I had a reminder of this just last weekend when I dropped Michael off at an organized camp. It’s getting rather cold around here at night and the packing list included a coat. We got there and it turned out he had brought his hoodie and lined windbreaker, but not a coat. I would have brought a coat, but he’s not me. We chatted, and his choice made sense. I offered my coat, which he politely declined. I faltered for a moment, part of me worried about being judged by the camp organizers as an uncaring parent for bringing him without a coat. When I shared that, he smiled and replied, if they thought that, that was their problem. Thanks for the reminder, Michael!
Whether it’s a coat, or a new activity, or their first solo trip, the opportunity to be responsible for the outcomes of their choices allows them to develop a deep, knowing trust in themselves.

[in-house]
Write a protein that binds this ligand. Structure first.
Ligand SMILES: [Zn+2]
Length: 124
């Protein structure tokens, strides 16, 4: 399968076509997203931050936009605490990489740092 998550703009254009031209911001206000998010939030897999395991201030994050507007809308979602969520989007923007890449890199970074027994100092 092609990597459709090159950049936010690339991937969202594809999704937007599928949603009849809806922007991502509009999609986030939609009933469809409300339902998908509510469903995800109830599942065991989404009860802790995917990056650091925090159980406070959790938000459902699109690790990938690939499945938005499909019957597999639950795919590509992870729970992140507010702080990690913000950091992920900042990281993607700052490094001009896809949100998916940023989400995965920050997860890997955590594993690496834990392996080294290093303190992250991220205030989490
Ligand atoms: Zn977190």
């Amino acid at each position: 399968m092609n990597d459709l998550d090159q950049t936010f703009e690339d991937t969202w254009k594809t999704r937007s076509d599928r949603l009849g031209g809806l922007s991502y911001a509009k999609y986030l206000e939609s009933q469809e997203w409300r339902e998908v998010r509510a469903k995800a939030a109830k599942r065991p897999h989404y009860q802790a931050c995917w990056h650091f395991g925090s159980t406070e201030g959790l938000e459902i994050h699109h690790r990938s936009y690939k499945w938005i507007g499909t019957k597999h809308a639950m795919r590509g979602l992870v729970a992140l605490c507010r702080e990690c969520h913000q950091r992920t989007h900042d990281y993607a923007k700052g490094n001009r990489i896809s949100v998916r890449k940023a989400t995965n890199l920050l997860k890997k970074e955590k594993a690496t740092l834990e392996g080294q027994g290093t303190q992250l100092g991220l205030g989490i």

(And, of course, I picked him up Sunday alive, unfrozen, and having thoroughly enjoyed the weekend.)
For those who’ve grown up unschooling, this trust in themselves plays out as self-confidence and creativity.
Growing up unschooling, as young adults our children already have a lot of life experience to draw on. They’ve made many choices over the years, owned the outcomes, and more than likely worked through quite a few situations where things went unexpectedly. And during it all, they have been given the space to discover that they can count on themselves to figure things out.
They trust themselves. They have confidence in themselves. And they feel even more confident knowing we have their back if ever needed.